Volume9:2 Contents

Oracles about Tyre
Richard Higginson

Then and Now: The Schoolmen and Free Trade
Joan Lockwood O'Donovan

Free Trade and Fair Trade
An Economist's View
Andrew Henley

Free Trade and Fair Trade
Christian Aid's View

Justin Macmullan

Moving the Fair Trade Agenda Forward
Paul Chandler

Fair Trade: A Dissenting Christian's View
John Lovatt

 
 

VOLUME 9:2

In this issue we focus on a single theme which dominated the Ridley Hall Foundation conference: What Makes Trade Fair? Trade is a fundamental reality of life, in the ancient and modern world alike. With the G8 Summit fresh in our minds this exploration of different Christian perspectives provides thought-provoking contributions that add value to the current debate on fair trade.
Richard Higginson sets the scene with a cautionary tale from Biblical history. Ezekiel’s portrait of Tyre is a provocative picture of big city trade in the ancient world. Tyre’s judgment and fall, like Rome’s, may serve as a striking parable for the present day.
In an informative, scholarly paper Joan Lockwood O’Donovan addresses the injustice inherent in current international trade. She draws on the economic theories and moral requirements of medieval theologians to guide towards a market that is rational, just and divinely ordained.
Andrew Henley provides an economist’s view of Free and Fair Trade followed by a Christian perspective. He shows how ethical trade could promote human dignity and value, ensure human needs are met and allow for responsible stewardship of resources and talents. Christian Aid has been at the thick of the current Trade Justice campaign; their policy officer, Justin Macmullan, puts the case for fundamental changes to the rules that govern international trade.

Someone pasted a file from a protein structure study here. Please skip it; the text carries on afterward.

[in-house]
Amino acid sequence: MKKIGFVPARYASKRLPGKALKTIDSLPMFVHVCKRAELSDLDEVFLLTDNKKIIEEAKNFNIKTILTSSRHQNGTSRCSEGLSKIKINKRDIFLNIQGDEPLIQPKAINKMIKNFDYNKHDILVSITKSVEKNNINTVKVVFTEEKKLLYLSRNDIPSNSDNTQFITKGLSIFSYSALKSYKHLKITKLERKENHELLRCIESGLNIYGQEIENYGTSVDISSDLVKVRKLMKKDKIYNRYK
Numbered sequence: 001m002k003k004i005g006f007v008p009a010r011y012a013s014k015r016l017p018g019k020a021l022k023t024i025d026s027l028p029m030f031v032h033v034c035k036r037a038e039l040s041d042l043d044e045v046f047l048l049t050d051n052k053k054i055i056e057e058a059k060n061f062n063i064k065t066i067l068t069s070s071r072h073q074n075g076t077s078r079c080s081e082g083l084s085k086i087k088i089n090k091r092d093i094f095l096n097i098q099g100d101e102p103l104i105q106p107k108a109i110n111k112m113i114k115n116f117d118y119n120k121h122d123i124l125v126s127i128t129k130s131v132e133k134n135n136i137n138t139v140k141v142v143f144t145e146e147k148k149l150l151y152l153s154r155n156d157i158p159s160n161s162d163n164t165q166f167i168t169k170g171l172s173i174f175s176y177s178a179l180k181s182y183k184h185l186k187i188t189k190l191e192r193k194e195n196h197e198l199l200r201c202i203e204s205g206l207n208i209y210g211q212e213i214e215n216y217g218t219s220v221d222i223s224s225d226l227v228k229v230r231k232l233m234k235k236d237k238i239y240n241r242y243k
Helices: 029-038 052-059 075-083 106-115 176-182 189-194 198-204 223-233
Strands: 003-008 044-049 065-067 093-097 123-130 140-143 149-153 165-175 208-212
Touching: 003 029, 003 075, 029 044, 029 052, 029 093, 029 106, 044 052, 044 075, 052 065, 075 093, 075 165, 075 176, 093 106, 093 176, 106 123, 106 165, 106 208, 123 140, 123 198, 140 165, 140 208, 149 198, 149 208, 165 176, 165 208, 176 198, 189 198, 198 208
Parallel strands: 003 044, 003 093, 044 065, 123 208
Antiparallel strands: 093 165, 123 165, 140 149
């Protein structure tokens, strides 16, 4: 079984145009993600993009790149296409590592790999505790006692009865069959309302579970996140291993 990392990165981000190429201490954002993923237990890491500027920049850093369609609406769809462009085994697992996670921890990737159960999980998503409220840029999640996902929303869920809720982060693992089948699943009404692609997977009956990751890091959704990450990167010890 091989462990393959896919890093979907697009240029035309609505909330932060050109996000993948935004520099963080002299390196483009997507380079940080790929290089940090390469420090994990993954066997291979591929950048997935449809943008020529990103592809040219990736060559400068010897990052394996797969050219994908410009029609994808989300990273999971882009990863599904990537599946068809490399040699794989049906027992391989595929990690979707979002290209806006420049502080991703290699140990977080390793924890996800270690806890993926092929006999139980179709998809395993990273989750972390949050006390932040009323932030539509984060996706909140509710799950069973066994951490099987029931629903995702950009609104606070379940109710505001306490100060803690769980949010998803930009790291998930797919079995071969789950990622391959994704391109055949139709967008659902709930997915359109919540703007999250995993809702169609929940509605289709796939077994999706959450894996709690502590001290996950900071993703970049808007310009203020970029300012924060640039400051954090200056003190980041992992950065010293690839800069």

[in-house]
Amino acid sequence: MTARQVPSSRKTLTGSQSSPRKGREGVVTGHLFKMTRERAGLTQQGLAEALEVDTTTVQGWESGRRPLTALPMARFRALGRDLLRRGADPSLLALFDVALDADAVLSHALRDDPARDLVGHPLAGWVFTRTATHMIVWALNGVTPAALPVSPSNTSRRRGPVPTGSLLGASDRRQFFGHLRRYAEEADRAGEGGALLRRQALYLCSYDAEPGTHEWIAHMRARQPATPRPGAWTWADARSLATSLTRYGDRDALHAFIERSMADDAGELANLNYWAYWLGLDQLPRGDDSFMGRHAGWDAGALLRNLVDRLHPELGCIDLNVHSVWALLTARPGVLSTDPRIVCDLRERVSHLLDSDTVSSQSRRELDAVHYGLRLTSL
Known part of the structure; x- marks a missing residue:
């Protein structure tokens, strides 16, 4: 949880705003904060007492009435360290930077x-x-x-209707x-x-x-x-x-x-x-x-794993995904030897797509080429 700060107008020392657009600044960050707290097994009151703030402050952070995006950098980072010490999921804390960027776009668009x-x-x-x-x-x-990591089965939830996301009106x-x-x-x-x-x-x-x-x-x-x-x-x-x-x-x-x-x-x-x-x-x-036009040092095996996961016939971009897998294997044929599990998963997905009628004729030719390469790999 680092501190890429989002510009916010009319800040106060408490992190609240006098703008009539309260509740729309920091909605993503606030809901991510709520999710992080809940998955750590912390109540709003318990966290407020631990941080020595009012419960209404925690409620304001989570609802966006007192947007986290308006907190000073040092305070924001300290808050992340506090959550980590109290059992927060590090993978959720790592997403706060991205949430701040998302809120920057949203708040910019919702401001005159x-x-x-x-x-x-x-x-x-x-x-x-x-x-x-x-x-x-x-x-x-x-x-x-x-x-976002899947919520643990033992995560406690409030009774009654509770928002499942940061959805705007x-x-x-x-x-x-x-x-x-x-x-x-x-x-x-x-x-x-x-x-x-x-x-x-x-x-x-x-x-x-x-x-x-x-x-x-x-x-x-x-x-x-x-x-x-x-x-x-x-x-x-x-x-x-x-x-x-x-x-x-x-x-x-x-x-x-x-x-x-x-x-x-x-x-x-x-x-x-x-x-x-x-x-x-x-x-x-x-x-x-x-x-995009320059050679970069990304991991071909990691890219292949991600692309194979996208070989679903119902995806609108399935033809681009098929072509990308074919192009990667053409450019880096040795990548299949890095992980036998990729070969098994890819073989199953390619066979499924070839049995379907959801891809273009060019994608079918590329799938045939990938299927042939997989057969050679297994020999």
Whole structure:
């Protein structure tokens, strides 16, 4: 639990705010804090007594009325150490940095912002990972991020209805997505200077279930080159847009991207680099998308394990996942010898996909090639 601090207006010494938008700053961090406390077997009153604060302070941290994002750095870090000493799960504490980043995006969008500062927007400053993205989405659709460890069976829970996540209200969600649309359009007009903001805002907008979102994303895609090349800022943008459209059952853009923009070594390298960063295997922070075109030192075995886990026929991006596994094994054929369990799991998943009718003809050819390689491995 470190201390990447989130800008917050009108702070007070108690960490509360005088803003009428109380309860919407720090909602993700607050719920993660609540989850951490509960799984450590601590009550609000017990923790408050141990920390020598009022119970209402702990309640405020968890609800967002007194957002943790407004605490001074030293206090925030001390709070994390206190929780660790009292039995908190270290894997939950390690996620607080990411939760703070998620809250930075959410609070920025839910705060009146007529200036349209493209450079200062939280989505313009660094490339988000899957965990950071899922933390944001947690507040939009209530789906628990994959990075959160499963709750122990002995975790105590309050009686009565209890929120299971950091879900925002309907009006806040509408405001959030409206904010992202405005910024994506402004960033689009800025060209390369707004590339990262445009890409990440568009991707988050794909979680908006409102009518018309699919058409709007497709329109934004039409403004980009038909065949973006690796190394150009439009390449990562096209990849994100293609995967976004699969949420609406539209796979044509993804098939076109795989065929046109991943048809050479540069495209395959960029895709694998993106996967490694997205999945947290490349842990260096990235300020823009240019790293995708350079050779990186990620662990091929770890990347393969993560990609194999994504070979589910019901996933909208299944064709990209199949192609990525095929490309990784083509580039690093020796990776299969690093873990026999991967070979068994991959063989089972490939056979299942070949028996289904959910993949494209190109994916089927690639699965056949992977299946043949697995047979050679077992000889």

Traidcraft’s Paul Chandler, whose conference address won particular acclaim, assesses the state and strategy of the fair trade movement - arguing that Christians have a key contribution to make both to the debate and process of ‘moving the fair trade agenda forward’.
Richard Higginson provides a summing up in which he outlines workshop contributions and indicates the main area of disagreement at the conference, concerning the effectiveness of protectionist policies. Finally, John Lovatt exercises an editor’s privilege by offering a dissenting view, making points not covered in the other papers, and suggesting an alternative model of ‘good business’.

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